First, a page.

Mercy Mwai @wangumarci
Five clearing agencies are likely to lose millions of shillings from potential job seekers if an amendment to the Employment Act goes through Parliament.
The amendment which has been approved by the Budget and Appropriation Committee and will come to the House through the Employment Amendment Bill 2018, is proposing that a job seeker is exempted from the requirement of getting clearance from the agencies on ground that the job seeker is not likely to have committed an offence.
Five institutions that will be affected include the Ethics and Anti Corruption Commission (EACC) that charges Sh1,000 for clearance certificate, Credit Reference Bureau (CRB) Sh2,000, Higher Education Loans Board (Helb) Sh1,000, Kenya Revenue Authority (KRA) Sh1,200 and Director of Criminal Investigations (DCI) Sh1,050 for a certificate of good conduct.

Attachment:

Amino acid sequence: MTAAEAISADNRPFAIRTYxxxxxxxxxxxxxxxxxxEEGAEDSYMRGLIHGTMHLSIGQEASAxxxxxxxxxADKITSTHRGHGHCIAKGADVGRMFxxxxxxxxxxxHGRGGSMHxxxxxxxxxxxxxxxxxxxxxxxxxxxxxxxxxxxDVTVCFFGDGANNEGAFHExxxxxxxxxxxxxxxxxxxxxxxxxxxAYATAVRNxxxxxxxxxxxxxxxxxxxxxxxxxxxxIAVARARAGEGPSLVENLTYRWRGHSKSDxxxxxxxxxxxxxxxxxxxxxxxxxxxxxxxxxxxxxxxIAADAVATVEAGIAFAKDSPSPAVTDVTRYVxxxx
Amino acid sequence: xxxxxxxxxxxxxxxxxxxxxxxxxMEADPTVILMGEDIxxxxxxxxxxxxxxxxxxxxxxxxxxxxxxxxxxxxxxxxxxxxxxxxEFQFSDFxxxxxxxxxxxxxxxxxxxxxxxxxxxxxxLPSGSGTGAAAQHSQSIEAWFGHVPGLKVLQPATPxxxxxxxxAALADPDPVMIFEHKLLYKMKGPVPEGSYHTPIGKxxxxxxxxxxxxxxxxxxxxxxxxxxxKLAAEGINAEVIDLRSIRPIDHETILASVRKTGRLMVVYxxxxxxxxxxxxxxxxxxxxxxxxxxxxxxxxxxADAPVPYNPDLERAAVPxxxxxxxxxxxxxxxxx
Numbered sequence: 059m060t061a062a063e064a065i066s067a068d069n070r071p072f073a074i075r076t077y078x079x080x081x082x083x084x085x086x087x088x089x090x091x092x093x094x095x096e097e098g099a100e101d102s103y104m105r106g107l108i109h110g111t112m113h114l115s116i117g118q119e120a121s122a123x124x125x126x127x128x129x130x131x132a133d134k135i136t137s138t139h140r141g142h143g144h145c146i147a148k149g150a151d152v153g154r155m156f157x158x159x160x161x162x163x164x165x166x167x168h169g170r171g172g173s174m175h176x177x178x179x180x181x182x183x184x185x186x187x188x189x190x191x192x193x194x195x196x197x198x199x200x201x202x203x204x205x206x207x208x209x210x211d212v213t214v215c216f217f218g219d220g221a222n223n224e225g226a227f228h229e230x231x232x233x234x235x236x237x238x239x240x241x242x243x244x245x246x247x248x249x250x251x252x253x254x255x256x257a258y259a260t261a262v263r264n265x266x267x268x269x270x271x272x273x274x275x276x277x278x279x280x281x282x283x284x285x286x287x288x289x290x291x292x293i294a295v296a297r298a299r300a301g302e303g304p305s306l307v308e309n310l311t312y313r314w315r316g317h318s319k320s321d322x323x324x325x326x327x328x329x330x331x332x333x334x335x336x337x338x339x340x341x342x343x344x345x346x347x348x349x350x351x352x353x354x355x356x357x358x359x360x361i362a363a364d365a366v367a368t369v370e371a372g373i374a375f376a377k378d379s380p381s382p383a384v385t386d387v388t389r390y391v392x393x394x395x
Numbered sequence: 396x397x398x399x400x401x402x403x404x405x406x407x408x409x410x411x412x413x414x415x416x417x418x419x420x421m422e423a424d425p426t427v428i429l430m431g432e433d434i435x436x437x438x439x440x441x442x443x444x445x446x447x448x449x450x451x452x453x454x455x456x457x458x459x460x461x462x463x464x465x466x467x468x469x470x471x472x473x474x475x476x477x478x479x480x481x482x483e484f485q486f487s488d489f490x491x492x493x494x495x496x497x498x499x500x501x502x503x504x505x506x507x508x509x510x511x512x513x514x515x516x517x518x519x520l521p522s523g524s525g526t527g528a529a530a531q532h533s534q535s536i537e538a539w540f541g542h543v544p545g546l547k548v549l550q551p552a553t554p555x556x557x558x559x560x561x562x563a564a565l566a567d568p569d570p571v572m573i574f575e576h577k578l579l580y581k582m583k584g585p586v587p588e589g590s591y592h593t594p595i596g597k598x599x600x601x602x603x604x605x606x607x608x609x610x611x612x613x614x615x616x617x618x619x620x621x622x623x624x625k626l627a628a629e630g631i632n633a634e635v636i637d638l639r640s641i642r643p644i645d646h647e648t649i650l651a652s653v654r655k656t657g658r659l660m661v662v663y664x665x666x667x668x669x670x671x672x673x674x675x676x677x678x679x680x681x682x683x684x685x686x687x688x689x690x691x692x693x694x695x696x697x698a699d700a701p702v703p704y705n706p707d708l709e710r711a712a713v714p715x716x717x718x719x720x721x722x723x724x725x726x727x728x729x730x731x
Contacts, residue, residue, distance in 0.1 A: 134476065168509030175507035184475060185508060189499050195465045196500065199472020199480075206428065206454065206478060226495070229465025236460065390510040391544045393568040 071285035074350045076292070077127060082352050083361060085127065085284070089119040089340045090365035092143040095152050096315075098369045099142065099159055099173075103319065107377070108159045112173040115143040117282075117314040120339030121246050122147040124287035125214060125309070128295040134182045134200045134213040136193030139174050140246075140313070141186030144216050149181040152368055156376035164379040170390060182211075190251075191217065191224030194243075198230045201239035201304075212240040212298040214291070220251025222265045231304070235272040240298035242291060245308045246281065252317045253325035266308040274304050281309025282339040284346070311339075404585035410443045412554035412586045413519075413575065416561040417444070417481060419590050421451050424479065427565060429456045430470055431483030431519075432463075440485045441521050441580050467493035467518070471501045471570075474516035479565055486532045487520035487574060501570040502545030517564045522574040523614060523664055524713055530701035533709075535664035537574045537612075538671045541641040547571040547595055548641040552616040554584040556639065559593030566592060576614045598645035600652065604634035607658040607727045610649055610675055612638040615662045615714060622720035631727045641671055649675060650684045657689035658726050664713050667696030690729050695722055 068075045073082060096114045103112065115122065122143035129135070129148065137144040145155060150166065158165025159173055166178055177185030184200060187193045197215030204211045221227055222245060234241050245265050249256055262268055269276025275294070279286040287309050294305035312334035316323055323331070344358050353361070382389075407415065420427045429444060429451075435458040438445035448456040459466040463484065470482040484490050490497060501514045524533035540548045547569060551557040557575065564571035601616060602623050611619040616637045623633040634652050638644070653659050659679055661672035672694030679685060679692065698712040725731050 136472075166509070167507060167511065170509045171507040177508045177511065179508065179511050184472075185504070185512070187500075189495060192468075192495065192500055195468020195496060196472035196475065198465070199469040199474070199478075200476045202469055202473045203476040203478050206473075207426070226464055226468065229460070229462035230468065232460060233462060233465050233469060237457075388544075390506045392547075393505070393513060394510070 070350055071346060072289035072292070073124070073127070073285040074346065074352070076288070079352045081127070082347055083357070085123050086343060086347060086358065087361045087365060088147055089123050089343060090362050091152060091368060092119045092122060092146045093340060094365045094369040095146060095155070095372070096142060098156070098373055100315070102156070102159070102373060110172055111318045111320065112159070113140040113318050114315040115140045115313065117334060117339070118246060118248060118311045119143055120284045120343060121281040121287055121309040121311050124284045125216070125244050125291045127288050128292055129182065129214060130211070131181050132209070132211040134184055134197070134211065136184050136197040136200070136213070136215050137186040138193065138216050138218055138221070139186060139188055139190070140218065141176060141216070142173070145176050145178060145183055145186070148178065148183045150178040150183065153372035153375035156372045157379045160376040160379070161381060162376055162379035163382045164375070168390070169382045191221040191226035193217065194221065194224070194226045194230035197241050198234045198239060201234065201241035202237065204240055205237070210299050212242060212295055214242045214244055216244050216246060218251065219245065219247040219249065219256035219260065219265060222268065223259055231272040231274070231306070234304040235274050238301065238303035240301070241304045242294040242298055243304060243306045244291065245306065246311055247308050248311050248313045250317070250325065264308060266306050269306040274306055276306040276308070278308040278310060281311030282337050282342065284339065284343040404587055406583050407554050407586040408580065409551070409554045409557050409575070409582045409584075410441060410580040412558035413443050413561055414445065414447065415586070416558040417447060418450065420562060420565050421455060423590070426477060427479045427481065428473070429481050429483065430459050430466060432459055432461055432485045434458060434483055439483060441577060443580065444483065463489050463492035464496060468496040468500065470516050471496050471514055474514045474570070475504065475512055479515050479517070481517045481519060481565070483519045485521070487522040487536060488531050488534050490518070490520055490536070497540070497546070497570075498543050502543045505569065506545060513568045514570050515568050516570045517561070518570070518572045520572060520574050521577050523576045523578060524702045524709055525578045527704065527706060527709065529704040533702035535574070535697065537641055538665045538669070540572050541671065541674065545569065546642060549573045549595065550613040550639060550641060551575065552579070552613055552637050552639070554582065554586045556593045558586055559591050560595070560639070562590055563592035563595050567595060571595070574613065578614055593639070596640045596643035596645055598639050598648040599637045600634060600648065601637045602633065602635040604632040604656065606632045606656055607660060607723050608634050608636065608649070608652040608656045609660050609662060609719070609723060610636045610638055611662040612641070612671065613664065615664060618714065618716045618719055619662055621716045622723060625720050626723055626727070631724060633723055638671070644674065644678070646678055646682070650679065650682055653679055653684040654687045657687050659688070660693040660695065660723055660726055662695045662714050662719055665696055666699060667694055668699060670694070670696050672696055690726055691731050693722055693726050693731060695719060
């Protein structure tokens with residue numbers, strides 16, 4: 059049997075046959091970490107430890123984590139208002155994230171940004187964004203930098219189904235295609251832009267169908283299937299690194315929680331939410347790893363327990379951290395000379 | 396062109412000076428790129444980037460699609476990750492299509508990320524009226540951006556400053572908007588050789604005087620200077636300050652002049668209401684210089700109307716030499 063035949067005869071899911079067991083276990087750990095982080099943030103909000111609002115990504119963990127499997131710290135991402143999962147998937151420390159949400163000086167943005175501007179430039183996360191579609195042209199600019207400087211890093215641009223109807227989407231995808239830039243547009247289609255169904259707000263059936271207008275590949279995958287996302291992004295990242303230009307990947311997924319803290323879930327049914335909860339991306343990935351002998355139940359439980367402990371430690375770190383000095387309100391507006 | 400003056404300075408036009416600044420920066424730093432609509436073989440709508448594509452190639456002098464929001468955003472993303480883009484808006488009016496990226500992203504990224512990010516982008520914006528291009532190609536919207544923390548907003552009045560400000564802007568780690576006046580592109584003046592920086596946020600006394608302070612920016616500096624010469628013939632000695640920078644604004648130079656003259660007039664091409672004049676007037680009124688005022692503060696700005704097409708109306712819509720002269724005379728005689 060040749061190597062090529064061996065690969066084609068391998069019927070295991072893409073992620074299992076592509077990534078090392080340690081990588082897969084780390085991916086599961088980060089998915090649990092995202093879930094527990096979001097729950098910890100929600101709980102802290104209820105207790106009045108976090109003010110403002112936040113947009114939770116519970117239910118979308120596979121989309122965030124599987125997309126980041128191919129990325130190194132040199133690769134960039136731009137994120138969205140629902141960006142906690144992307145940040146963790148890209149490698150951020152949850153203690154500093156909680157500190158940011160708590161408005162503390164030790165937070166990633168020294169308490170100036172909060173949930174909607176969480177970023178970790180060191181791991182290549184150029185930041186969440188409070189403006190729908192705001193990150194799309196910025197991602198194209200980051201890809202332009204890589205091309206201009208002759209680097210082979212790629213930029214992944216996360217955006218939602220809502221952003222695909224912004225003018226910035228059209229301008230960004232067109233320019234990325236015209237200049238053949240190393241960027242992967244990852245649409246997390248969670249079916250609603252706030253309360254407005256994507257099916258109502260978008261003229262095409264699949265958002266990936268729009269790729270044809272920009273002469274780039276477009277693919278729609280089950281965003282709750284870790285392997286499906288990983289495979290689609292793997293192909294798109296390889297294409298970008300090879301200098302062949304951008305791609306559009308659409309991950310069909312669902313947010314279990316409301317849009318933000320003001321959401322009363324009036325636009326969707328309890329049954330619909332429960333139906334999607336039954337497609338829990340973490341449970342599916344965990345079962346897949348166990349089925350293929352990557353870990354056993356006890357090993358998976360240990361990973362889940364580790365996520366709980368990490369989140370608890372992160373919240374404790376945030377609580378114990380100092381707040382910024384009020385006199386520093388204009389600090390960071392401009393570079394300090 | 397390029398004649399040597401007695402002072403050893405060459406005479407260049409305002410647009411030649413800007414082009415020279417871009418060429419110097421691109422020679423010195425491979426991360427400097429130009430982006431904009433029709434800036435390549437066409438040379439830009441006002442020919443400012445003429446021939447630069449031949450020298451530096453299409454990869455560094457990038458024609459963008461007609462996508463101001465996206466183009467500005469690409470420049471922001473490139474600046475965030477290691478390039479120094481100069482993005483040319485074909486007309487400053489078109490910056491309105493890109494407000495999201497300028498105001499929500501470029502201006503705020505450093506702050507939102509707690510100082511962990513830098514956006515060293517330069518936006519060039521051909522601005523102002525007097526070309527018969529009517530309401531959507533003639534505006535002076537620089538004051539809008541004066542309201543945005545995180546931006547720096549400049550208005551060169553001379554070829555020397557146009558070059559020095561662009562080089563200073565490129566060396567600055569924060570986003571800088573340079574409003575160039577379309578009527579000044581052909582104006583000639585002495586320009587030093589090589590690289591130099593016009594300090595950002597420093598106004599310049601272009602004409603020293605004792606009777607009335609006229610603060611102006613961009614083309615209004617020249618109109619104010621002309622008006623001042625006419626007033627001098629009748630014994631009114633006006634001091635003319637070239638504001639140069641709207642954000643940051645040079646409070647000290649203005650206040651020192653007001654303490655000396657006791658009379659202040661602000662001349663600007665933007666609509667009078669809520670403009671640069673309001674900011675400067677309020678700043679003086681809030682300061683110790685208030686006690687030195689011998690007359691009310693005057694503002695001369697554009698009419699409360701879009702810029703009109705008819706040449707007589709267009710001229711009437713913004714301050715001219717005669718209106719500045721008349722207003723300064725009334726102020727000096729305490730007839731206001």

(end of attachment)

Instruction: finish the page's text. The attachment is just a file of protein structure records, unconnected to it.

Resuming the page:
Should the amendment be passed by the House, the five institutions will lose at least Sh750 million in the first year of implementation, Sh757 million in the second year and 765 million in the subsequent years.
Nominated MP Gideon Keter who is the sponsor of the bill said should it be enacted into law, the government will be forced to look for alternative ways of raising monies in order to ensure that the agencies meet their operational needs.
He however, said the passage of the bill will go a long way in lessening the financial burden for youths and persons with disabilities seeking employment as currently they are forced to part with at least Sh6,000 to get clearance.
As a way to ensure potential employers get the best candidates, Keter is proposing that employees take up such costs of getting clearance letters in the case where someone is recruited. “My bill has been accepted by the Budget committee and I am hoping to bring it to the House for debate next week. This proposal will likely lower the burden to the job seekers,” he said.